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An Interesting Insect Found Indoors

Jeffrey Hahn, Asst. Extension Entomologist

Jeff Hahn

Photo 1: Soldier fly, Ptecticus trivittatus

Many people are familiar with boxelder bugs, multicolored Asian lady beetles, cluster flies, and other nuisance insects that can be found in homes. But occasionally less familiar insects are found inside. On one such occasion, a homeowner reported finding a lot of wasps nesting in her home. In fact, she had identified them from the internet as Cerceris fumipennis.

This wasp species is a solitary wasp in the family Crabronidae. It has gained fame recently as a method for detecting emerald ash borers (EAB). This native ground nesting wasp hunts buprestid beetles, including EAB, which it paralyzes and carries back to its nest to feed its larvae. Location of a nest with captured EAB indicates the presence of EAB in the area. More information on Cerceris wasps can be found here.

This wasp's status is unclear in Minnesota and nests have not been discovered so far. Ultimately, you would not find this wasp indoors in the winter as they do not overwinter as adults.

A sample of insects was requested from the homeowner with the expectation being that paper wasp queens, Polistes spp., which overwinter gregariously in homes would be found. It was therefore quite a surprise to find that not only were the insects not paper wasps, but were instead flies. A run through the diagnostic keys identified them as soldier flies (family Stratiomyidae). These flies are typically black and yellow insects that can appear to be wasp- or bee-like.

A run up to the museum, and with the help of John Luhman, the soldier flies were identified specifically as Ptecticus trivittatus. This is a species that is particularly associated with composts. The conclusion was that these soldier flies most likely originated from a compost nearby in the neighborhood and they found their way to this home in which to overwinter. There had a mild stretch of weather when the homeowner first noticed the flies which would have been sufficient to cause overwintering insects to become active. There are other flies, such as cluster flies and face flies, that overwinter in structures so this made sense.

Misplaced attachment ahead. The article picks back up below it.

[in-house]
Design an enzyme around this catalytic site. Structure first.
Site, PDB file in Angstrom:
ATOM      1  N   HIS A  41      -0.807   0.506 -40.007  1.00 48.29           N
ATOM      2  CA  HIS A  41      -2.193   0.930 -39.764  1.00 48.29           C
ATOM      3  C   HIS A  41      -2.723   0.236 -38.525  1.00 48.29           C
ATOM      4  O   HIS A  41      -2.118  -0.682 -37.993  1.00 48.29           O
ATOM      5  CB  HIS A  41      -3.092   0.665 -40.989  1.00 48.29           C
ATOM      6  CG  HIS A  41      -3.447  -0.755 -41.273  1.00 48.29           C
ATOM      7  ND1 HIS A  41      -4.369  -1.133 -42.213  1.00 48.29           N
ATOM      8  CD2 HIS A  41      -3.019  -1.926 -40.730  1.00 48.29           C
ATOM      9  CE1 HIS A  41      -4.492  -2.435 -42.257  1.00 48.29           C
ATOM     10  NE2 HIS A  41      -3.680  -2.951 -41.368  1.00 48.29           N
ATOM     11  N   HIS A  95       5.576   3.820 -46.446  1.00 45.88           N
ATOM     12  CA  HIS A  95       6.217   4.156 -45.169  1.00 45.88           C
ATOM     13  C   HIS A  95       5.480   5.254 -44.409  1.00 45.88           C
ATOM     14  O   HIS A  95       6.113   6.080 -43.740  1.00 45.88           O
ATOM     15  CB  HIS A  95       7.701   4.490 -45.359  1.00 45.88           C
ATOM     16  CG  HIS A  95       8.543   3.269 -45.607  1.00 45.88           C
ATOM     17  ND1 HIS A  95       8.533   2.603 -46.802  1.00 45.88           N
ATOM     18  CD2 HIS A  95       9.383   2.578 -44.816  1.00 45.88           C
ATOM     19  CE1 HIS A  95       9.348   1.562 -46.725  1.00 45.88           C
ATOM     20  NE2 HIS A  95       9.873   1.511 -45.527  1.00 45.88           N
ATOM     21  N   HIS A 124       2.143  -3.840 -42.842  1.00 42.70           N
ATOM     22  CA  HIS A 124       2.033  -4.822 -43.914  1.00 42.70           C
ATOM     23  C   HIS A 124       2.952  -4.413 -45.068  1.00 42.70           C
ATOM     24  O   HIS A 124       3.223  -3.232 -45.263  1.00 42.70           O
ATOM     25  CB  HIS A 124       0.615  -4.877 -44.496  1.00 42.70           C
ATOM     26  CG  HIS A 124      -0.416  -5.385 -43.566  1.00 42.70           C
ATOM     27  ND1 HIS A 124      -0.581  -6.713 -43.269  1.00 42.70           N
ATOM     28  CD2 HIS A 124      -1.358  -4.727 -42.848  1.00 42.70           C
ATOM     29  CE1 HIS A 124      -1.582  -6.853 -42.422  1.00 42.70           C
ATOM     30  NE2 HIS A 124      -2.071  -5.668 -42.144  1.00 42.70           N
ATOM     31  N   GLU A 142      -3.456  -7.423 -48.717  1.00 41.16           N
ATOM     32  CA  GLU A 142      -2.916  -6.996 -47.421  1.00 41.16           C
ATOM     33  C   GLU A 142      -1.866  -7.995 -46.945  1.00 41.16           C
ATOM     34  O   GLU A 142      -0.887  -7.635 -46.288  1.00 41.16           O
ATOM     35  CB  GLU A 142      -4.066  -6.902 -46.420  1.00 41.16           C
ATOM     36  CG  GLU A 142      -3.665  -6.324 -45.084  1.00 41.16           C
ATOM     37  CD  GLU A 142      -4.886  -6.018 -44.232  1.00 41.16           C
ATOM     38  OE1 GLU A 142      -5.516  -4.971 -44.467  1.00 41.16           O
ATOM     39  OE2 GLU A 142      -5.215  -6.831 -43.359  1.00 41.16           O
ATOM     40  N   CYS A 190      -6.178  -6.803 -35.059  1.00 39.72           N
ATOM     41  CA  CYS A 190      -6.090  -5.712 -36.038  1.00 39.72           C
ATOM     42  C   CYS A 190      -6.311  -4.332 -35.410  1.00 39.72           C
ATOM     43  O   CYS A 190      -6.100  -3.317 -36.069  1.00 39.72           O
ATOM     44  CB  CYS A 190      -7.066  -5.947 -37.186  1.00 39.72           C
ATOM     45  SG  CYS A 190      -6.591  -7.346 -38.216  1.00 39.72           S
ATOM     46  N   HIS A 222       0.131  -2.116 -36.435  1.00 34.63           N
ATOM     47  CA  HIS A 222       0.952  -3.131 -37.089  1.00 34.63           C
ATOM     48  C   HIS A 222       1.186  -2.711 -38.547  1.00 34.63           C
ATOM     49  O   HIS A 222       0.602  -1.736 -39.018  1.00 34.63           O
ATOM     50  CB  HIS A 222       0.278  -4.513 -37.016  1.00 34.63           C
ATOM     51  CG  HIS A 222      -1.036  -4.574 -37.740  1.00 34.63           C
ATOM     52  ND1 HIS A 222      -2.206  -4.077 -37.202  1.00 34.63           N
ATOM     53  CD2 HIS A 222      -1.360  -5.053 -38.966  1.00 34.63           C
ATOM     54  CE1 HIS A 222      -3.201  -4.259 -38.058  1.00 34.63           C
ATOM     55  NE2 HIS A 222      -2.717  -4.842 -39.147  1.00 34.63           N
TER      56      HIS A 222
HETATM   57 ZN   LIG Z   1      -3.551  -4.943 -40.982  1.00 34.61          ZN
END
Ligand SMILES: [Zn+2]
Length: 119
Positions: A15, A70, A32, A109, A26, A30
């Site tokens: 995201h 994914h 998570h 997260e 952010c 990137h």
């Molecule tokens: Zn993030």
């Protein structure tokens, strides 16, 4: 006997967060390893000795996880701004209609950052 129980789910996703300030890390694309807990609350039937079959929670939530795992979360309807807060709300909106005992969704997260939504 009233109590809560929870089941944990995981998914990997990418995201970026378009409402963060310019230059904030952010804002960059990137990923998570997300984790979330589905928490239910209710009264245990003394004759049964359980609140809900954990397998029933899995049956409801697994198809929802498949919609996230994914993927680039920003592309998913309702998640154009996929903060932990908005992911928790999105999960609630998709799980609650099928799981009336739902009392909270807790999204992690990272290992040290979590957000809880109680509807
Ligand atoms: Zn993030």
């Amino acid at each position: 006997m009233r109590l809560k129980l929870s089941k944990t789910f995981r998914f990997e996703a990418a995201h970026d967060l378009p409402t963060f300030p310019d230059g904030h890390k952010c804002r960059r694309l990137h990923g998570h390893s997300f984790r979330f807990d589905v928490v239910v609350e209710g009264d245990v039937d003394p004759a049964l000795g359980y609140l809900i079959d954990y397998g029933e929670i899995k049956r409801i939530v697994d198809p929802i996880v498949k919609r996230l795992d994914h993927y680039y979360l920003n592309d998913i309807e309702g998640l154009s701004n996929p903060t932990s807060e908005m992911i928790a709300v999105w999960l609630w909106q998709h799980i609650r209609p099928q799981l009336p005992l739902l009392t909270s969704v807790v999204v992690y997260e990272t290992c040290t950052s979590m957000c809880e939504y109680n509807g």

The homeowner kept insisting that these insects were nesting in her home. She was continuing to see consistent numbers of them; at one point she was seeing as many as 20 - 30 at a time. She eventually asked whether these flies could be associated with composts. They had brought a worm compost box indoors so the worms would not freeze. It was in a plastic tub with a cover but there were small air holes. She wondered whether the soldier flies could be in the compost. That of course was the source of the problem and why they were seeing such persistent numbers. The adult flies would be short-lived but to put an end to the problem it was important to erect some kind of screening so the flies could not escape.

A good example of how the identity and biology of an insect has a direct impact on its management.
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